1. You are dealing with people, the group dynamics and individual energies. Do you know how to handle them? Can you preserve your energy when you serve others? 
2. You are on your feet all day and transferring yourself from one place to another. Do you give yourself enough time to commute? 
3. You work early in the morning and late in the evening. You work when your friends and family do not. Are you ready for this work shift? 
4. The actual class is only a peak of your work. Did you consider the time before and after the class, your commute and preparation time? 

You are not hiding behind a computer when at work. You are in front of people who come to you to recharge and refresh and amuse them at least. Give your schedule a thought. "Just as a sagging sail tells a sailor to tack and realign with the energy of the wind, a drop in our mental or physical energy within an action is a sign we need to realign our course." Shiva Rea.



Would you take a yoga class for ice cream?

Waiting for the class to begin, I am sitting on my yoga mat and scrolling down through my messages on my iPhone. A guy next to me starts talking to me. He has a Tough Mudder T-shirt on and keeps telling me about his athletic endeavors. I listen to him for a while and then ask him, "How did you get into yoga?" He responds, "My friends told me that if I take this teacher's yoga class, I'll get ice cream. I went and have been coming every week. I was actually surprised how much I enjoy yoga."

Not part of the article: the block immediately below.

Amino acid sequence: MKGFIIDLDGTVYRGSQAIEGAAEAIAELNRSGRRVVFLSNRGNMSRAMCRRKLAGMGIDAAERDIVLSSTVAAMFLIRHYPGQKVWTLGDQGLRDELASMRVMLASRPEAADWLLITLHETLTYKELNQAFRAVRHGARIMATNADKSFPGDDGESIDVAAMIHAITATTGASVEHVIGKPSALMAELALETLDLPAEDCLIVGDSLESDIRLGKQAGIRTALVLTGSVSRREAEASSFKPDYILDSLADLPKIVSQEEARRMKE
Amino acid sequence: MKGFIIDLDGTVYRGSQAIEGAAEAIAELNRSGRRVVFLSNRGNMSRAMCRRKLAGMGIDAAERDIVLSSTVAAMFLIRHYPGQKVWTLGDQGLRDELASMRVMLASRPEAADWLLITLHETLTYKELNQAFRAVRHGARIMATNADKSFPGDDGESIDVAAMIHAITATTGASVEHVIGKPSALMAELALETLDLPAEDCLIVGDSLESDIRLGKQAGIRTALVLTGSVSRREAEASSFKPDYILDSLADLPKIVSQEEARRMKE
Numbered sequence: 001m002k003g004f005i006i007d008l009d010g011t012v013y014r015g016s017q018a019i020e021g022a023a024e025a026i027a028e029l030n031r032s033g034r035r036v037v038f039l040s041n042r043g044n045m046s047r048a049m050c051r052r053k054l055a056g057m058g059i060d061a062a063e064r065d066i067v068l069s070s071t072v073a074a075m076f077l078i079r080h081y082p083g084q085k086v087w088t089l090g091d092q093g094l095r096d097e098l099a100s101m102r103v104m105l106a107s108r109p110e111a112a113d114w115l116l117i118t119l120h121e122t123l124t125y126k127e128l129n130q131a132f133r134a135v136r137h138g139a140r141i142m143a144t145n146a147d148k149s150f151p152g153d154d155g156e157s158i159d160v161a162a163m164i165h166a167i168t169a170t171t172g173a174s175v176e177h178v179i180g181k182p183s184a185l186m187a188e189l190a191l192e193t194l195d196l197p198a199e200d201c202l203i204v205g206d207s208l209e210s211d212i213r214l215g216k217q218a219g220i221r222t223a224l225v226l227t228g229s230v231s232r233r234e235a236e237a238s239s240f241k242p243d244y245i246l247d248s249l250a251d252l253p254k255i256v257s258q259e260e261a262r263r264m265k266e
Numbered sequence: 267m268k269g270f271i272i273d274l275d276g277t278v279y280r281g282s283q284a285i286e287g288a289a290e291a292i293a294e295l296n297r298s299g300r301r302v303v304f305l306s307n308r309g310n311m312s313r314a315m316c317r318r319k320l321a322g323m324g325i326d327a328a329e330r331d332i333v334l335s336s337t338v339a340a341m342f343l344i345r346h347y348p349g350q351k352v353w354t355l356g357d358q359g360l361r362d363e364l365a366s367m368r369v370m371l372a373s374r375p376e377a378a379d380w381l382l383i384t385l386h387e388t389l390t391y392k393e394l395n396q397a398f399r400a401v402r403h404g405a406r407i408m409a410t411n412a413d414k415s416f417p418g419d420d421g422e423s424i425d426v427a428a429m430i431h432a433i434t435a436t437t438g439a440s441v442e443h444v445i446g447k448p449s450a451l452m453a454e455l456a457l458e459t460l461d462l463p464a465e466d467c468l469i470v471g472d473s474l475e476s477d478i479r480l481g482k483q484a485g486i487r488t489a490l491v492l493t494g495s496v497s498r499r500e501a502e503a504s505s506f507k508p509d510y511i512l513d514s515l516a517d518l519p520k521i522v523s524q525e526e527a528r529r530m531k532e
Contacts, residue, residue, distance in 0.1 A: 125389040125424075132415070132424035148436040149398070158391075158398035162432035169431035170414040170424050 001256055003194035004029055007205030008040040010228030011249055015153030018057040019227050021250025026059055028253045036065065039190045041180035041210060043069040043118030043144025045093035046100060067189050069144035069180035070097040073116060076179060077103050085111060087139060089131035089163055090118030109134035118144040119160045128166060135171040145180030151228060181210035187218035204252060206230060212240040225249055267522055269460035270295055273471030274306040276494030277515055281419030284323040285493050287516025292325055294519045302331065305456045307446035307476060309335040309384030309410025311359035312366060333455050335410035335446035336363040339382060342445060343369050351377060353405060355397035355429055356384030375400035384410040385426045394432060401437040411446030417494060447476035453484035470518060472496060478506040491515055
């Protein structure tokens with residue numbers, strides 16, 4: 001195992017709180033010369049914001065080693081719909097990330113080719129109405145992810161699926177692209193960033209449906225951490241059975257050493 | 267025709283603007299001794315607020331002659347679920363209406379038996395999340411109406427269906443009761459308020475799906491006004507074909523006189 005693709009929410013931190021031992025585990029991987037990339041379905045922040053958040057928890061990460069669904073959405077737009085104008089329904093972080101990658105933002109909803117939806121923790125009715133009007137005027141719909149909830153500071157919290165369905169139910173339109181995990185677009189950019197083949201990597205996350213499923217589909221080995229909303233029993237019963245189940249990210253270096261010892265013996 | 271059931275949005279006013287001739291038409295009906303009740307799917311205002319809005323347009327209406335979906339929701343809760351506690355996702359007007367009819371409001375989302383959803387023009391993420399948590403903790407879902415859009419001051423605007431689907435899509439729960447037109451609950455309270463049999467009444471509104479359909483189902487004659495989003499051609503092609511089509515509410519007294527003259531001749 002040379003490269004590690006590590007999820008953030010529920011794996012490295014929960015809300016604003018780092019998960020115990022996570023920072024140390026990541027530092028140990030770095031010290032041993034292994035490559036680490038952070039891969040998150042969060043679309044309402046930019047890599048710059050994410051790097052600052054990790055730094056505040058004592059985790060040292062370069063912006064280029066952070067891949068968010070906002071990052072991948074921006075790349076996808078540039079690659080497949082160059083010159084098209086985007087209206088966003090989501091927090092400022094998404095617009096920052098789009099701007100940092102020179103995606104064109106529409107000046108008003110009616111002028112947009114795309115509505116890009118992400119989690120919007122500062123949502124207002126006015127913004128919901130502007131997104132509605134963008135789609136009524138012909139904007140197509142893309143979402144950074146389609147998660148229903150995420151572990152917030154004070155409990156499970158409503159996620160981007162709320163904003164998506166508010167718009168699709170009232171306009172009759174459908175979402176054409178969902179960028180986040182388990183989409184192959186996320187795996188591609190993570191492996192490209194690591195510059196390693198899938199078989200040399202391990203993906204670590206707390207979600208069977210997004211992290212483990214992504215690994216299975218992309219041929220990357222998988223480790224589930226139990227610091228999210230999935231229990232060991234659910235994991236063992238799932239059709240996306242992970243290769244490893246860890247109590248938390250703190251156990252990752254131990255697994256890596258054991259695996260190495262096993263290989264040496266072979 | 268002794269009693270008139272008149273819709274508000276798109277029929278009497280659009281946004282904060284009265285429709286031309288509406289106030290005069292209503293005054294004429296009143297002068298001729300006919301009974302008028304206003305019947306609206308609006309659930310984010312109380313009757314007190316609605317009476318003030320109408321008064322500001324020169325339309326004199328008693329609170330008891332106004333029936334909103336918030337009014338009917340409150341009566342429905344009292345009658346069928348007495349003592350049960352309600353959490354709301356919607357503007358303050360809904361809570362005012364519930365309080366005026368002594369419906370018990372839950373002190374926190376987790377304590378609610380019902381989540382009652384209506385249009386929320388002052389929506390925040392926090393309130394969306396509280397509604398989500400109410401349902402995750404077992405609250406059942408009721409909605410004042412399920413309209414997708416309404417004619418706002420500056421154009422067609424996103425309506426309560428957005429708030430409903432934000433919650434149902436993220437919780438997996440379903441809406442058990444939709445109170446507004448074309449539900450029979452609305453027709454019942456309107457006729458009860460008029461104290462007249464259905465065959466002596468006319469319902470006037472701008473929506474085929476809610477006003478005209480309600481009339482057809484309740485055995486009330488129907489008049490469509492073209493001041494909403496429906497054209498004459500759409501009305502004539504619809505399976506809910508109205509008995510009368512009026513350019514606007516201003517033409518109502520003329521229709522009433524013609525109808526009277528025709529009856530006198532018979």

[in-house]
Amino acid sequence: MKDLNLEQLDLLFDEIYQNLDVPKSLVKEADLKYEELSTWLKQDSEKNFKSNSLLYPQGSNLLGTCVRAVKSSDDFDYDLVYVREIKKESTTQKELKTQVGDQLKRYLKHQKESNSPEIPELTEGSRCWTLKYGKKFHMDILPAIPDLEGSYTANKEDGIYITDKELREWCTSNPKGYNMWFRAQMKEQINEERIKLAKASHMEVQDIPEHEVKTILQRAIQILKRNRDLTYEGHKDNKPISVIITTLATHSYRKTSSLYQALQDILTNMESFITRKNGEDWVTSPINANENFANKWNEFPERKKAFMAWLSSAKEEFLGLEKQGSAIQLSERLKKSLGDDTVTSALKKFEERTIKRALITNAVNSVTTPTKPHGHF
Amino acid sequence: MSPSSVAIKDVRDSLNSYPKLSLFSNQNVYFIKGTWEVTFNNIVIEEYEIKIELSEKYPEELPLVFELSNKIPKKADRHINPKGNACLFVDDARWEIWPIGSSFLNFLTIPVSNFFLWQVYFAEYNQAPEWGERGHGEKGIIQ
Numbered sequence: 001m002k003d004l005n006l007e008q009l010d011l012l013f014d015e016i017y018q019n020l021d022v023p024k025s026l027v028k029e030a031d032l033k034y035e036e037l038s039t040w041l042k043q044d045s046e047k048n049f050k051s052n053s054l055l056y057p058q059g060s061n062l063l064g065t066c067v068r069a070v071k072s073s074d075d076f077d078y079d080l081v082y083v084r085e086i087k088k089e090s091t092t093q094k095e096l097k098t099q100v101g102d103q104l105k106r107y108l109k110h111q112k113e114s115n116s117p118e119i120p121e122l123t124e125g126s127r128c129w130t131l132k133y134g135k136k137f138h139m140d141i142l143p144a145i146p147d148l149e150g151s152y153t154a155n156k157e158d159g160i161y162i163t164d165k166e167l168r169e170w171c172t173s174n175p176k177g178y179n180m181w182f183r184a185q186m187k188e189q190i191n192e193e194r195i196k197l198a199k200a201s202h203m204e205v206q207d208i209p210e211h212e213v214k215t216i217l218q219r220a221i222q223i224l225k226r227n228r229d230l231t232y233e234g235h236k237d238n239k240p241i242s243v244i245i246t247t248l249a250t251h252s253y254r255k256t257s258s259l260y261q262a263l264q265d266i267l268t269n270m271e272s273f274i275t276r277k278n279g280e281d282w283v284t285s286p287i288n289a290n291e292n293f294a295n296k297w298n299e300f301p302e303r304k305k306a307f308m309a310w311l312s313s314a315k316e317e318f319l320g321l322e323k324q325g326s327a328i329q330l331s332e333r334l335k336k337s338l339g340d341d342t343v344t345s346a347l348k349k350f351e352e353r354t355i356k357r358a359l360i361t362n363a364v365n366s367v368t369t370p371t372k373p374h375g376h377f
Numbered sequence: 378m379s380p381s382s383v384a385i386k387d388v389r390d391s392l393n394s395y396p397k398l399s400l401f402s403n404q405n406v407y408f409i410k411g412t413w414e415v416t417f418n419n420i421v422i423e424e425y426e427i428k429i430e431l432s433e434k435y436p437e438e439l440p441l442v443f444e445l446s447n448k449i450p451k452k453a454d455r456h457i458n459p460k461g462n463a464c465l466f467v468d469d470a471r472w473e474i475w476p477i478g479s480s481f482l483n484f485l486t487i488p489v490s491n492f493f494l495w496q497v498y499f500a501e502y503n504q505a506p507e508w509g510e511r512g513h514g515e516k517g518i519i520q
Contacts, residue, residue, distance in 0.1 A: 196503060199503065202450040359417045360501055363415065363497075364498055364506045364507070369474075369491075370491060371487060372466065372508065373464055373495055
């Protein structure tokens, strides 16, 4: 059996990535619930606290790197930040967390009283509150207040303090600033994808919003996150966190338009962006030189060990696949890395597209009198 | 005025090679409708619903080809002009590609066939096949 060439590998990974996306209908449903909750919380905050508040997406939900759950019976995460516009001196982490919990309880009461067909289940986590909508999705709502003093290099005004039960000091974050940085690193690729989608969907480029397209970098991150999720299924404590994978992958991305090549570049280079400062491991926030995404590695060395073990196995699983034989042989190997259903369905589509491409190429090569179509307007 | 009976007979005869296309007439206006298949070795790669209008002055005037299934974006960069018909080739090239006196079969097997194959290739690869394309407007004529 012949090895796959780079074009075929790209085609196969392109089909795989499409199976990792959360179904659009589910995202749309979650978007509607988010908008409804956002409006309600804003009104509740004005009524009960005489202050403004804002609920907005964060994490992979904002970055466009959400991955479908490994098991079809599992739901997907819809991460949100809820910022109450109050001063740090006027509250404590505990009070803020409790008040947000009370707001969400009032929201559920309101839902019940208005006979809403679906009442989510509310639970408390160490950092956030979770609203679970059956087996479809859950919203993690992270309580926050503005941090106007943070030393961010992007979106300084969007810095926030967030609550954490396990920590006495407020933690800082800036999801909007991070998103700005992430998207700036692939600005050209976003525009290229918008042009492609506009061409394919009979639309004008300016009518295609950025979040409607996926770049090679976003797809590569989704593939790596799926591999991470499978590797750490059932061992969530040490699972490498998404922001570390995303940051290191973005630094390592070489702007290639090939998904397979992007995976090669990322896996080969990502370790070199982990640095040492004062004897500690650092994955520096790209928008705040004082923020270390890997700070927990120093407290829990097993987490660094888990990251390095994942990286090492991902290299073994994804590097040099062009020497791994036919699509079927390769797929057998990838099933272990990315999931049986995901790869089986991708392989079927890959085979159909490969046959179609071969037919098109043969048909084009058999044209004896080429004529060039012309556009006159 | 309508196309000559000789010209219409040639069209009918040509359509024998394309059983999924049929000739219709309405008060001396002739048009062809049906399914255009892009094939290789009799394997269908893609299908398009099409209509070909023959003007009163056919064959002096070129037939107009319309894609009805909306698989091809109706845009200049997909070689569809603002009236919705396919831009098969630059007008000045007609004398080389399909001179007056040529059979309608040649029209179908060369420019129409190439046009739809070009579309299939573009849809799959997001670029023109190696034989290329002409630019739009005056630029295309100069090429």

I am did not ask him whether he actually got him ice cream, but it looked like he will be coming back for more yoga. Would you take a yoga class for ice cream? 



Worksite Wellness & Yoga - Case Studies



Sacred Heart has long understood the value of keeping their teachers and staff healthy. They were early adopters of employee wellness programs. However, when their corporate wellness solution failed to sufficiently engage employees, Sacred Heart decided it needed to change their approach for improving employee health and wellness and opted to bring a fitness program on campus. An onsite class was both convenient and gave employees a very tangible way to take another step in improving their health. The challenge was to figure out exactly what kind of program would be suitable for all employees and where to find a highly qualified instructor.